Early Origins of the Sefften family
The surname Sefften was first found in Lancashire
(now Merseyside) at Sefton, a village and civil parish which dates back to the Domesday Book
of 1086 when it was first listed as Sextone CITATION[CLOSE]
Williams, Dr Ann. And G.H. Martin, Eds., Domesday Book A Complete Translation. London: Penguin, 1992. Print. (ISBN 0-141-00523-8)
and literally meant "farmstead where rushes grow," from the Old Scandinavian word "sef" + the Old English word "tun." CITATION[CLOSE]
Mills, A.D., Dictionary of English Place-Names. Oxford: Oxford University Press, 1991. Print. (ISBN 0-19-869156-4)
Early History of the Sefften family
This web page shows only a small excerpt of our Sefften research.Another 217 words (16 lines of text) covering the years 1285, 1595, 1602, 1455, 1487, 1686 and 1756 are included under the topic Early Sefften History in all our PDF Extended History products and printed products wherever possible.
Sefften Spelling Variations
A multitude of spelling variations
characterize Norman surnames. Many variations occurred because Old and Middle English lacked any definite spelling rules. The introduction of Norman French to England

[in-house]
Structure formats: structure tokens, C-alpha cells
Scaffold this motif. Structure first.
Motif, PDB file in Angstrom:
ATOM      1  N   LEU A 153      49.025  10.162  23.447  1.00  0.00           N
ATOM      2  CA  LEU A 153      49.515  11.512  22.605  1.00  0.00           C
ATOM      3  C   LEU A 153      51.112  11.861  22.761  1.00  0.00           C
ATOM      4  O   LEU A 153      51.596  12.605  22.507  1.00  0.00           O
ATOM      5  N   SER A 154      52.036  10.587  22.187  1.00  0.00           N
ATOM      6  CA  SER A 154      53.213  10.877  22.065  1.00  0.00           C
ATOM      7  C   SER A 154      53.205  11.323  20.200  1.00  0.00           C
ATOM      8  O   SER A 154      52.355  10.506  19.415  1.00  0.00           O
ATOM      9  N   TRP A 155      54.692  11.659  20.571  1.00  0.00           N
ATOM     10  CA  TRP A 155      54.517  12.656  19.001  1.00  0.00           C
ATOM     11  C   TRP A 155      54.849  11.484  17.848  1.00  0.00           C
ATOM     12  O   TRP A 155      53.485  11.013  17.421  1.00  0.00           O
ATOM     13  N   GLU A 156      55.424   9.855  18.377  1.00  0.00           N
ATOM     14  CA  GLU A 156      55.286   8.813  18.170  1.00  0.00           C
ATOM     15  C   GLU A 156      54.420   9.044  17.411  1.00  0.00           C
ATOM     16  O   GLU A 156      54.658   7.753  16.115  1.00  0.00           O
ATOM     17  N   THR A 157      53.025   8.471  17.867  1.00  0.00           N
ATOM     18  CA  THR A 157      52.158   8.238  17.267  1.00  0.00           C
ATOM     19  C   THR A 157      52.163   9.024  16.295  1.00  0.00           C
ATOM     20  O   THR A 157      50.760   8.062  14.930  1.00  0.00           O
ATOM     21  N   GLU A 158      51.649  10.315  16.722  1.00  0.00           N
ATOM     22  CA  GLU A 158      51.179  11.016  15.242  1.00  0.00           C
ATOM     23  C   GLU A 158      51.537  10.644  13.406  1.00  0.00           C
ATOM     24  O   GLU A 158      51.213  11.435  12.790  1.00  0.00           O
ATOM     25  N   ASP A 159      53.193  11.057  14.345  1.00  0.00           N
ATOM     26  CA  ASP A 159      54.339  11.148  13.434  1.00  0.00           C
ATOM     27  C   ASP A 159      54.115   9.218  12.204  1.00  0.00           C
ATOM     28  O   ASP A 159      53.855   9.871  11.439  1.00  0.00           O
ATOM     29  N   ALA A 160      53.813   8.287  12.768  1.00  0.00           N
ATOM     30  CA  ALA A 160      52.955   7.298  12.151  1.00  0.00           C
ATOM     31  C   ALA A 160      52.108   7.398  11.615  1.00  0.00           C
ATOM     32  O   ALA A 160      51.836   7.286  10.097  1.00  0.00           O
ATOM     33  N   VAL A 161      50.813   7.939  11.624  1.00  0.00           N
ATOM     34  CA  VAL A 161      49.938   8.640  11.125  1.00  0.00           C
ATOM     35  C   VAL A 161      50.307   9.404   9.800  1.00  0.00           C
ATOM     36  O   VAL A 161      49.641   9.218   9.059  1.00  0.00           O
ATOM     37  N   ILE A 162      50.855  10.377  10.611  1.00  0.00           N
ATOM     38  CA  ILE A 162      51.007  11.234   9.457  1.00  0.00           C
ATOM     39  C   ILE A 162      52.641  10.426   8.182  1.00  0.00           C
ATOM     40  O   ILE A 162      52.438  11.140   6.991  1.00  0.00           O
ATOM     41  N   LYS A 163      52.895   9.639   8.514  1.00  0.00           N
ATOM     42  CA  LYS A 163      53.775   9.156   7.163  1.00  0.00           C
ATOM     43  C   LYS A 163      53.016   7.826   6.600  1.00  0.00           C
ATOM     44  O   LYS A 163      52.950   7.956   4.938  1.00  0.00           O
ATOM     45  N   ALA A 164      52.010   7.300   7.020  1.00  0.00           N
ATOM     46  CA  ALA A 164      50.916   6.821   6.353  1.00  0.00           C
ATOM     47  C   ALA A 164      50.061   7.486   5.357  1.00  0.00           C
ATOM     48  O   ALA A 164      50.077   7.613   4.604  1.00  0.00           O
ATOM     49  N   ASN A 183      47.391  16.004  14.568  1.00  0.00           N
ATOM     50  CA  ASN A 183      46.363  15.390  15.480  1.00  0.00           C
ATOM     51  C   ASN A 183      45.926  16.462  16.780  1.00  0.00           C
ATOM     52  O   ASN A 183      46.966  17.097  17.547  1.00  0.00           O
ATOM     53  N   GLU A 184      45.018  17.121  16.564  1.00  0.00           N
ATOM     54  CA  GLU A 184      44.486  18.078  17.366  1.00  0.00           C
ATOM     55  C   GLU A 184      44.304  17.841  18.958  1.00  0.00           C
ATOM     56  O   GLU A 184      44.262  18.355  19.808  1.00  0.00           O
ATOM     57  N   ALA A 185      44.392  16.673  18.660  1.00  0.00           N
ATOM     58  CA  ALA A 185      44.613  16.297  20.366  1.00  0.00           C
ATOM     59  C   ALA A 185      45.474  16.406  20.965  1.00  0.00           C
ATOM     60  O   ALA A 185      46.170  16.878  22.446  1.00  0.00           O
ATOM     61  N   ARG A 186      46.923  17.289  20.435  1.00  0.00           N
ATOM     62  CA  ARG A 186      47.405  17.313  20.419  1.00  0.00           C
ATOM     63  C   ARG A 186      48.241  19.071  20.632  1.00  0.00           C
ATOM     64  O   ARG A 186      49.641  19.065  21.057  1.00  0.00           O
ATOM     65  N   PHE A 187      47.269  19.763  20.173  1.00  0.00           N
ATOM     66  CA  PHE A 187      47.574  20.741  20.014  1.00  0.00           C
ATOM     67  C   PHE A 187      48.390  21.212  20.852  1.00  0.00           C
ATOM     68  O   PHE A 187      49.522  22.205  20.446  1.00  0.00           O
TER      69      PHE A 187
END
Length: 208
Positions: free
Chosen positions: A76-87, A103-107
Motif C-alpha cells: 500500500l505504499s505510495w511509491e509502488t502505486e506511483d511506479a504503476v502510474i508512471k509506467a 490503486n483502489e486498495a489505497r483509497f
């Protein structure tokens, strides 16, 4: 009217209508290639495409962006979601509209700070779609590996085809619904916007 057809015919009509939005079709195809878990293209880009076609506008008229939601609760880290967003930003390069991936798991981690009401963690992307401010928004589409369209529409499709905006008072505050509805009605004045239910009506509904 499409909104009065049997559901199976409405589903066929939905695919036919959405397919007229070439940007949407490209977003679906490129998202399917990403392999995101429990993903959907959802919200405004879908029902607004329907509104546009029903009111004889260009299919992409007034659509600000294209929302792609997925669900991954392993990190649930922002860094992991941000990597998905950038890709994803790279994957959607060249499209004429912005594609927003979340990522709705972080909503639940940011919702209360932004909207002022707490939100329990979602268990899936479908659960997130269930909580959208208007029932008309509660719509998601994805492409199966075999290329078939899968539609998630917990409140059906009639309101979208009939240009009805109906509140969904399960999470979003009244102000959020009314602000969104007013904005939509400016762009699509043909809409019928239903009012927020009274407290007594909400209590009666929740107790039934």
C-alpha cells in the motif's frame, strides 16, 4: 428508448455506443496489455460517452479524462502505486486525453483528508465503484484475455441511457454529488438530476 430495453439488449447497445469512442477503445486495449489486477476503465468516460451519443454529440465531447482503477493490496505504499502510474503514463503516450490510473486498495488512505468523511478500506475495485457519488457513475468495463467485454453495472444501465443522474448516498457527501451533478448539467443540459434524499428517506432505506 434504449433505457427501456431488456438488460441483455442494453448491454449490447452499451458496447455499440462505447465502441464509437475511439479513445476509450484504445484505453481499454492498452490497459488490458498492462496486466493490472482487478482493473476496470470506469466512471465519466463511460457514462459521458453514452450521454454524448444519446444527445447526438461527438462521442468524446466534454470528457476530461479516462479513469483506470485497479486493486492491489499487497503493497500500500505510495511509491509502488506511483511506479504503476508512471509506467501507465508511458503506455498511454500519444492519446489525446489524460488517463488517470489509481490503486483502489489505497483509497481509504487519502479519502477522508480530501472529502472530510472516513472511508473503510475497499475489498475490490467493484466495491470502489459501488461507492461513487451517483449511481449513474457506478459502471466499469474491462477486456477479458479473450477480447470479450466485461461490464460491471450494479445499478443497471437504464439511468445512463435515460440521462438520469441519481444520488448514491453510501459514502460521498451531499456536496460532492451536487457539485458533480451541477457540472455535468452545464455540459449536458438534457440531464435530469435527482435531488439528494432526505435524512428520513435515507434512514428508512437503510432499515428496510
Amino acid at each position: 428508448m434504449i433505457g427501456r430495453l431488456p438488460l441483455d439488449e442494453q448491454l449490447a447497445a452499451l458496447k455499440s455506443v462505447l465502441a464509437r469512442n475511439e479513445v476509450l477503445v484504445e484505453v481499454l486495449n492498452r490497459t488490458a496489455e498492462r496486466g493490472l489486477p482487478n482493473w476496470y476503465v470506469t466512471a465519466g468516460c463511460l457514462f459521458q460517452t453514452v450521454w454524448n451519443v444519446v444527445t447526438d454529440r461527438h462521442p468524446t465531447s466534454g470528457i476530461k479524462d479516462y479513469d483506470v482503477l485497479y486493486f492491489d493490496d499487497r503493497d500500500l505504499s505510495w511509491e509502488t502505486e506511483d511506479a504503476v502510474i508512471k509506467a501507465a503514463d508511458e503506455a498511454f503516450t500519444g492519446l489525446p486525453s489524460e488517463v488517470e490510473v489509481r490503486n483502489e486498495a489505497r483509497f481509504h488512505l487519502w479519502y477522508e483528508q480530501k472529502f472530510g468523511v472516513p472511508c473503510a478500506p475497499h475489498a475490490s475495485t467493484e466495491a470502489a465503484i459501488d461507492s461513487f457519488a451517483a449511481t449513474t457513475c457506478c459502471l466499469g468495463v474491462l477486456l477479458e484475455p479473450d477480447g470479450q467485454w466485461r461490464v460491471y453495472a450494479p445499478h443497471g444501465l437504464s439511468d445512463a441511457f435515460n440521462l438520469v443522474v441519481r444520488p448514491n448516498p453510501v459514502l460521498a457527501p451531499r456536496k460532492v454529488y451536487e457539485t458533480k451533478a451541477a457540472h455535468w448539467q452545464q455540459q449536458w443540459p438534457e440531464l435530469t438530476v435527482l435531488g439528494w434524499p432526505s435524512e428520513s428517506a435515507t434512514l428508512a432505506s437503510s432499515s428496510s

also had a pronounced effect, as did the court languages of Latin and French. Therefore, one person was often referred to by several different spellings in a single lifetime. The various spellings include Sefton, Sephton, Septon and others.
Early Notables of the Sefften family (pre 1700)
Another 30 words (2 lines of text) are included under the topic Early Sefften Notables in all our PDF Extended History products and printed products wherever possible.
Migration of the Sefften family to the New World and Oceana
Many English families left England
, to avoid the chaos of their homeland and migrated to the many British colonies abroad. Although the conditions on the ships were extremely cramped, and some travelers arrived diseased, starving, and destitute, once in the colonies, many of the families prospered and made valuable contributions to the cultures of what would become the United States and Canada. Research into the origins of individual families in North America has revealed records of the immigration of a number of people bearing the name Sefften or a variant listed above: John Septon, who arrived in Virginia in 1650; William Sephton, who was send to the Windward Islands in 1722; Judith Septon, who came to America in 1744.